Sergej W. Rachmaninow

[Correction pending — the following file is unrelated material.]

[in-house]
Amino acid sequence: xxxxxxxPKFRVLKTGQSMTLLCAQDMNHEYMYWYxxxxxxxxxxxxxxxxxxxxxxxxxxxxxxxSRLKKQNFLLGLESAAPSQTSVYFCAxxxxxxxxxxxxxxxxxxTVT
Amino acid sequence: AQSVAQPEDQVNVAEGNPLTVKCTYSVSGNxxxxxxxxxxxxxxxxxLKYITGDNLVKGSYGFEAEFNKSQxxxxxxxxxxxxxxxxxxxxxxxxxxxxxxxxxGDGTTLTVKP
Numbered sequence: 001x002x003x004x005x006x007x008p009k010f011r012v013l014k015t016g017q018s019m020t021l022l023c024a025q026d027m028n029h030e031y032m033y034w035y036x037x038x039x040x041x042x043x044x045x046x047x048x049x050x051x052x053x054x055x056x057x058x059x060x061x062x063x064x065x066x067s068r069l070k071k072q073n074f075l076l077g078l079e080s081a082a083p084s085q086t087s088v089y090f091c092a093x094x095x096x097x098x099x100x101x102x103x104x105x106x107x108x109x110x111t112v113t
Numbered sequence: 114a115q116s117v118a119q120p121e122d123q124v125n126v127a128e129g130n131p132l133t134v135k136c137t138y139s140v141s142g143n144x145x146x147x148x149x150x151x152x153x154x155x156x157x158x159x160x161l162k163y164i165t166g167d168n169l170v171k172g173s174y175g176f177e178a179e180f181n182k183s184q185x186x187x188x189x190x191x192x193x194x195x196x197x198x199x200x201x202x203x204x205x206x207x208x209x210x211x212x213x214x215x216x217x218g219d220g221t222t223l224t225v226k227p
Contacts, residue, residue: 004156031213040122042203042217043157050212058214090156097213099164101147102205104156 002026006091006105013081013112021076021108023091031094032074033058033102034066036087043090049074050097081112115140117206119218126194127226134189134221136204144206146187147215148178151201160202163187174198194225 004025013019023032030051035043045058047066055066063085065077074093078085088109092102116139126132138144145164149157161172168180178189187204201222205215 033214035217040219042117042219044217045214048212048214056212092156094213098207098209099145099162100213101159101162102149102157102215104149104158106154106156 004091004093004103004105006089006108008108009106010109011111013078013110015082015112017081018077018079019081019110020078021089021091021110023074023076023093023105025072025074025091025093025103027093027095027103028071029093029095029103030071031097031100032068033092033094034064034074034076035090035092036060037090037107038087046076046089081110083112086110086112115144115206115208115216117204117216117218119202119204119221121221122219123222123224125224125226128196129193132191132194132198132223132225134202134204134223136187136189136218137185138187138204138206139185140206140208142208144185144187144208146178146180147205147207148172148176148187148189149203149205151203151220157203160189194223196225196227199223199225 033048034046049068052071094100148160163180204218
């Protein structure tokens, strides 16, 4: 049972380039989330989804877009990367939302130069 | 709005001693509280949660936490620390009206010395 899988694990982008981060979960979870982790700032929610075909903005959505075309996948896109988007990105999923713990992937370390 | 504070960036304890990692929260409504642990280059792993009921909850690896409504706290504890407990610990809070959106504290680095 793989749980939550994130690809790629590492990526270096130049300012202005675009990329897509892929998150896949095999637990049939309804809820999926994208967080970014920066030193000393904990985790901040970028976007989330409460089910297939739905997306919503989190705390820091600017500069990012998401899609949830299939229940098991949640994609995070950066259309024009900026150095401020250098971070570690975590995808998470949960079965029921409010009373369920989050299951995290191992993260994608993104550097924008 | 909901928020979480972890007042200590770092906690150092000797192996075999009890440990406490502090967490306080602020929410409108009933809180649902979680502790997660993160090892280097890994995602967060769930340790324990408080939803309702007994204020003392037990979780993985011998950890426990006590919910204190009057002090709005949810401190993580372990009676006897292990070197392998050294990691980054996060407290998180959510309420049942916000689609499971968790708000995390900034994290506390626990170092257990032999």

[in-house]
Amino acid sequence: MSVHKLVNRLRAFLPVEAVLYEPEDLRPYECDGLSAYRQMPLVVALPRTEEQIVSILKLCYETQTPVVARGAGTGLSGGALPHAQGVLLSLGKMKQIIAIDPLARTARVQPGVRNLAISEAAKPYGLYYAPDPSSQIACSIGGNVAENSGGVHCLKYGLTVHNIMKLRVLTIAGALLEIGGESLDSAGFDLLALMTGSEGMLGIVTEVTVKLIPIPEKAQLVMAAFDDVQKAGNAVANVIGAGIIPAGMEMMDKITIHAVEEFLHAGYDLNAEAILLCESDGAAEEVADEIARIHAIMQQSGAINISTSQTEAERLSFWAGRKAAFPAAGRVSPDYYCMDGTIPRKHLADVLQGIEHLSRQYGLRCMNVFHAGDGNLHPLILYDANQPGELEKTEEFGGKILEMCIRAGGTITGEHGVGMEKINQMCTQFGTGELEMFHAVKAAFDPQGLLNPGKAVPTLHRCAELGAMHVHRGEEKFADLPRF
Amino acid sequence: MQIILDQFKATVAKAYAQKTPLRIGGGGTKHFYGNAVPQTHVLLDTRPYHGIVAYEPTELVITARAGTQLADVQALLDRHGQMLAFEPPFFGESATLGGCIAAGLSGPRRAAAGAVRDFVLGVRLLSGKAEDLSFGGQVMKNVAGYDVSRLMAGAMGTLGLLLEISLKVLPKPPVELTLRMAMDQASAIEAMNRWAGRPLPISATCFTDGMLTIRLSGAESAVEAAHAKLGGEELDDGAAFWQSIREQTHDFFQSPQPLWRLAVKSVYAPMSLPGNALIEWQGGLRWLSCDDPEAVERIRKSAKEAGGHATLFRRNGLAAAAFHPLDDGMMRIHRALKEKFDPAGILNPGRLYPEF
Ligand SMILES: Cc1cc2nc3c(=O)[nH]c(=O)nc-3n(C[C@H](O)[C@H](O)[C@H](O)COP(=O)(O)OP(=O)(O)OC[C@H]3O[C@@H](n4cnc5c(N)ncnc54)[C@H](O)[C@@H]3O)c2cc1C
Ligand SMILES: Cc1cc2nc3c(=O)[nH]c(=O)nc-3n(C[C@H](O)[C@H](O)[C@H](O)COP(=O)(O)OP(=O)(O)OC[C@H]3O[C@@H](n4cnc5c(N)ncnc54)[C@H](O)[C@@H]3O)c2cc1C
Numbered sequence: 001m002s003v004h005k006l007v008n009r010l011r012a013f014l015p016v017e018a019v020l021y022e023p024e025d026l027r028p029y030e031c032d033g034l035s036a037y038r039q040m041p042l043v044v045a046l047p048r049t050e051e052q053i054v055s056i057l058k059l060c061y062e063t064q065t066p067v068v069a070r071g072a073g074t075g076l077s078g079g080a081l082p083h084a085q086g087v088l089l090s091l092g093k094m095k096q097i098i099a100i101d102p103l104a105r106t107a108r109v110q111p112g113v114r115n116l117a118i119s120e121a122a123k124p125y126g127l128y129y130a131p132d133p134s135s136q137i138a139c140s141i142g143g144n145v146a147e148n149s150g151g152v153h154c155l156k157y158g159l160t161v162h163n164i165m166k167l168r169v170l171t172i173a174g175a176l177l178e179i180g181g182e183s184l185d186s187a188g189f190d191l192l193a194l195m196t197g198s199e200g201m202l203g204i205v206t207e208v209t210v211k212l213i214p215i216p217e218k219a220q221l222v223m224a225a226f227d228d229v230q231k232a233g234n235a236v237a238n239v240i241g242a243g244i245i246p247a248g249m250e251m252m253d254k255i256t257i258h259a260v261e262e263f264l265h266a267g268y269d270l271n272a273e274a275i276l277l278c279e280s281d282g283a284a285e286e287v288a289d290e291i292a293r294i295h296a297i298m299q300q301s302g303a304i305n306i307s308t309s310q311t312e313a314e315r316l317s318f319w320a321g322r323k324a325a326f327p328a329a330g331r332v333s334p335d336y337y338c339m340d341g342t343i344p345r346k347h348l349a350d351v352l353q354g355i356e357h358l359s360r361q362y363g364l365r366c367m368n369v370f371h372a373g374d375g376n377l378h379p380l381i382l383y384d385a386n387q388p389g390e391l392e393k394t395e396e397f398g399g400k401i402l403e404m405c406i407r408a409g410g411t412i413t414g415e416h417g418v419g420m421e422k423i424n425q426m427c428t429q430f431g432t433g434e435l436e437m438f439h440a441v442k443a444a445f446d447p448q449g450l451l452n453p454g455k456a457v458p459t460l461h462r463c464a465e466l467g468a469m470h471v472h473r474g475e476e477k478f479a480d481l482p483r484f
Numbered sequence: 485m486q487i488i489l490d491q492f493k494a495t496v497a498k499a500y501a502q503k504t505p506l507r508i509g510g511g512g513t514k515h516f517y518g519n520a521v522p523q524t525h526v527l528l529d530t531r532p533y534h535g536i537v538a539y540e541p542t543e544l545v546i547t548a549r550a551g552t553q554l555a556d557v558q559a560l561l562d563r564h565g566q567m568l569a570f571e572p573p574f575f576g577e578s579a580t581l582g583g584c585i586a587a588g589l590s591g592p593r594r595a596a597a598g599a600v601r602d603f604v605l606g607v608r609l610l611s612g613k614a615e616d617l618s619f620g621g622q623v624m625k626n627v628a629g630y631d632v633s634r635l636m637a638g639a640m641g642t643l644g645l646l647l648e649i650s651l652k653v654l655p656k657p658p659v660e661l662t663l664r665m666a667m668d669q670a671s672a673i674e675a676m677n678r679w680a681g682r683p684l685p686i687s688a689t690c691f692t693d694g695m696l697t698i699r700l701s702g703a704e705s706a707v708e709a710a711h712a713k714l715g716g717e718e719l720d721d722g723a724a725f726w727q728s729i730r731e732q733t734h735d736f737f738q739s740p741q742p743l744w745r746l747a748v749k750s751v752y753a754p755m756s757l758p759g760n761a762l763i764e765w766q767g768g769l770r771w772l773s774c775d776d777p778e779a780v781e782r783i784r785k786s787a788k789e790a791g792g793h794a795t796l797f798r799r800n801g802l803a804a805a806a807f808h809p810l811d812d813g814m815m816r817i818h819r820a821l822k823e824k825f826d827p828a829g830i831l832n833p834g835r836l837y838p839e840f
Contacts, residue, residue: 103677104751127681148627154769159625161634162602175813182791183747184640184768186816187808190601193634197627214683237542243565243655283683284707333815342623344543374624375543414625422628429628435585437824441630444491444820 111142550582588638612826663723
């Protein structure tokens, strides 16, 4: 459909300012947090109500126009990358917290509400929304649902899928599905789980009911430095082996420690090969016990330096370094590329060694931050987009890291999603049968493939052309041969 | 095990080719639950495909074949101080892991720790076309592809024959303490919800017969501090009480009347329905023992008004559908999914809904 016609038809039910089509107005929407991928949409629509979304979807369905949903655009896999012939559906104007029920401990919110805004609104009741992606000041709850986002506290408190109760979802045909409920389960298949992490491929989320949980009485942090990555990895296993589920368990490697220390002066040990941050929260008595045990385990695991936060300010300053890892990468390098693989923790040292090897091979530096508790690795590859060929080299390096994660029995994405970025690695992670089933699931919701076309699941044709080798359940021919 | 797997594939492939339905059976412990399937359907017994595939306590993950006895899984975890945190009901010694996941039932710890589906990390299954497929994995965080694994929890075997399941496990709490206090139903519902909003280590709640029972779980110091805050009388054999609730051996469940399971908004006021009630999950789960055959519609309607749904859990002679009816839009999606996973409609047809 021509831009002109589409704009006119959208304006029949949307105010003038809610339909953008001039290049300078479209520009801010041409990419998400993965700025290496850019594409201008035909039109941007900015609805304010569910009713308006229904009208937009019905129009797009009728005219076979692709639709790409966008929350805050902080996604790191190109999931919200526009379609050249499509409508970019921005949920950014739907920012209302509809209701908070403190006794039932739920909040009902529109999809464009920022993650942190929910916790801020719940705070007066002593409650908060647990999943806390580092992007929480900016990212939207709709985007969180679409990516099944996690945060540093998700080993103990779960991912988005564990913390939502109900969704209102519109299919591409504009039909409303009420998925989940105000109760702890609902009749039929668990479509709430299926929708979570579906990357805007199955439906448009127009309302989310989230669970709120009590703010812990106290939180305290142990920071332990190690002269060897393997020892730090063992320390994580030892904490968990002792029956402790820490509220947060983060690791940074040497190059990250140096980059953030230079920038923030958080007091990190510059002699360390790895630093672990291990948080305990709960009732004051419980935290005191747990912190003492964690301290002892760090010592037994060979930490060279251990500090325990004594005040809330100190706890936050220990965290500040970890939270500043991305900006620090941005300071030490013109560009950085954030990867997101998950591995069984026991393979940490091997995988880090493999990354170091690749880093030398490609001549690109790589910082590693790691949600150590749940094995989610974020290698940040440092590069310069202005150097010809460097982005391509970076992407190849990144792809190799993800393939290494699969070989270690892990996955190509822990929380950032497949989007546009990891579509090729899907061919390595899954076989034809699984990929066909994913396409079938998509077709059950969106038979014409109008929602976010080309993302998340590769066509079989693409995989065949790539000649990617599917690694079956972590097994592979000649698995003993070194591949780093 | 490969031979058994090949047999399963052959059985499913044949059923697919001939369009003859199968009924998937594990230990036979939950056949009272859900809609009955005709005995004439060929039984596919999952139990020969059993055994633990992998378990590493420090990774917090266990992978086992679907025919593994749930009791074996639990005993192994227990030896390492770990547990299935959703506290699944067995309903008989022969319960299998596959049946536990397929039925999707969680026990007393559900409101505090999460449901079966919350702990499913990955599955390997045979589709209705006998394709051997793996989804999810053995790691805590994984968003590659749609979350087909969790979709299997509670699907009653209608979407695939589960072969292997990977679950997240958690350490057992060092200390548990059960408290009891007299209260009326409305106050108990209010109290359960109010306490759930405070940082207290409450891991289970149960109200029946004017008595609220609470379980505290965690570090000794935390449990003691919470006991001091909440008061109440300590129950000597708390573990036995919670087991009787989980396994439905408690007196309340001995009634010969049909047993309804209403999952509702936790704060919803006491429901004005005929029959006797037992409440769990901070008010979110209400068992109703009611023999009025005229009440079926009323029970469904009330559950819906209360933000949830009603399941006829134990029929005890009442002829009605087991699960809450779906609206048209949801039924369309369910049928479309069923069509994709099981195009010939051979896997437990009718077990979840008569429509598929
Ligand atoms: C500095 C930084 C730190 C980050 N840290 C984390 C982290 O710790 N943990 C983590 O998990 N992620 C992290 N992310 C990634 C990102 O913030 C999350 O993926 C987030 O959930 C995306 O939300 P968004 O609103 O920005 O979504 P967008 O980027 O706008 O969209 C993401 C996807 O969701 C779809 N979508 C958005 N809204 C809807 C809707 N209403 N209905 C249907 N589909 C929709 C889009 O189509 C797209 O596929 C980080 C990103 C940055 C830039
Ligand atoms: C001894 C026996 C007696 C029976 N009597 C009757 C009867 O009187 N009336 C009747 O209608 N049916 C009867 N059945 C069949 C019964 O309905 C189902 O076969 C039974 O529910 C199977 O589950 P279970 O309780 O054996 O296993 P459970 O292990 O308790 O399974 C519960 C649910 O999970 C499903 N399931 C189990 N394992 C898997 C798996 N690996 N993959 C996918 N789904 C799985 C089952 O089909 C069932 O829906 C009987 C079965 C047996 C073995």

Sergei Vasilievich Rachmaninov 20 March (gregorian calendar: 1 April 1873) was born on the Semënovo estate (Staraya Russa district). His exceptional talent was soon recognised and he started taking piano lessons at the age of six. Due to his father's extravagant lifestyle, the family had to move to St. Petersburg and his parents got separated. These difficult circumstances shaped Rachmaninov throughout his life. In 1883 he began to study at the Petersburg Conservatory and in 1888 he began to compose. In 1897, after his first great successes, the young composer was enormously disconcerted by the fierce criticism after the premiere of his 1st symphony. This increased Rachmaninov's tendency to self-doubt, melancholy and depression. For three years he did not compose at all, until in 1901, after psychiatric treatment and stabilization of his condition, he achieved his international breakthrough with the Second Piano Concerto. In his compositions, he consciously processed reflexes of the musical avant-garde, but failed to completely abandon the late-Romantic compositional style, which he was repeatedly reproached for. Concert tours as conductor and pianist took him all over Europe and the USA until the First World War. As a result of the Russian Revolution in 1917, Rachmaninov lost not only his beloved country estate but also his savings. Rachmaninov decided to leave Russia together with his family. In the interwar period he became one of the wealthiest musicians of his generation due to very successful concert tours and recordings. 1932 the composer protested in the New York Times against the practice of torture by the secret police. After that his music was banned for some years in the Soviet Union. After longer stays in France and Switzerland the Rachmaninovs settled in the USA when World War II broke out. Thoughts of a return to Russia occupied the composer more and more, he nevertheless naturalised himself in the USA in 1942 in order to be better able to settle inheritance matters and royalties. In 1943 he died of lung cancer caused by excessive cigarette smoking.